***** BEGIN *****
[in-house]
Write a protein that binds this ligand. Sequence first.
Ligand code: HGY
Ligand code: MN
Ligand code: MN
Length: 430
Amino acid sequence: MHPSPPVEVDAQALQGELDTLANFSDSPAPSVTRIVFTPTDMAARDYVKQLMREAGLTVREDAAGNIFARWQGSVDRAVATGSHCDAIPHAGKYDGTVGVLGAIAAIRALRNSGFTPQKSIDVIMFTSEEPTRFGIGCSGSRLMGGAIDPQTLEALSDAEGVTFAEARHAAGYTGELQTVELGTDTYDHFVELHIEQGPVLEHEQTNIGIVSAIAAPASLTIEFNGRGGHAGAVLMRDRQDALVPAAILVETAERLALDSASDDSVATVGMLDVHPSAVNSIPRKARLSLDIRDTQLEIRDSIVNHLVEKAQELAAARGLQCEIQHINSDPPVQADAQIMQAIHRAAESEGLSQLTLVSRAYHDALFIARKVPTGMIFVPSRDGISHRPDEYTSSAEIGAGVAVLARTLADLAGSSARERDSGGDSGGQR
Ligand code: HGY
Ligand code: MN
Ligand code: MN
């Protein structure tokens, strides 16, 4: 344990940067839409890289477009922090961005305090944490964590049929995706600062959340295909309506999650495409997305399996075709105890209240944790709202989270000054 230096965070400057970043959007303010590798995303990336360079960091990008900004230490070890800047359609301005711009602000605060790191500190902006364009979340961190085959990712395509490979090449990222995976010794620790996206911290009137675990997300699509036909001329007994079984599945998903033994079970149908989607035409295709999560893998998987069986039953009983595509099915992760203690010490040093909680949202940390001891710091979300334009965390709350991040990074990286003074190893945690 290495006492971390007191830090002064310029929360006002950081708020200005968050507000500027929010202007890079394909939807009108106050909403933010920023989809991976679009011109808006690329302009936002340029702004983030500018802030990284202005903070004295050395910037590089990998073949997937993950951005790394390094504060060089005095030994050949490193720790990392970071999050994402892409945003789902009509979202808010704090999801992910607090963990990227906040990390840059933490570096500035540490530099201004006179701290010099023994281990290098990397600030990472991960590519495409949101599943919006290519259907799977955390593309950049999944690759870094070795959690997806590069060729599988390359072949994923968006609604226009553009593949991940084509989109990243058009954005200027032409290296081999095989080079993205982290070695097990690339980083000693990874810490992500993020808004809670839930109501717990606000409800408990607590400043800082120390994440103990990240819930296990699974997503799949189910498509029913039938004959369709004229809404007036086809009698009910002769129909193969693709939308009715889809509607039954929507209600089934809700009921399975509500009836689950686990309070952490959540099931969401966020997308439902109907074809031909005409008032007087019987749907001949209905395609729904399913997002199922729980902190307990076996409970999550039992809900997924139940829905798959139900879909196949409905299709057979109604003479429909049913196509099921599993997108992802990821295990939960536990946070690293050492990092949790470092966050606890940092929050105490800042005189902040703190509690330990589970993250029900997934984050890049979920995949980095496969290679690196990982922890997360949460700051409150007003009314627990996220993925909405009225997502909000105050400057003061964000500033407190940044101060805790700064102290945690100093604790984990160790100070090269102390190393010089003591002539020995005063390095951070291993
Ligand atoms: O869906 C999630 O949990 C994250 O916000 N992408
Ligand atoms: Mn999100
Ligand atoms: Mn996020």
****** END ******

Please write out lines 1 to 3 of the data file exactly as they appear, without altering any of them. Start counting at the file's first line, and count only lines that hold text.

[in-house]
Write a protein that binds this ligand. Sequence first.
Ligand code: HGY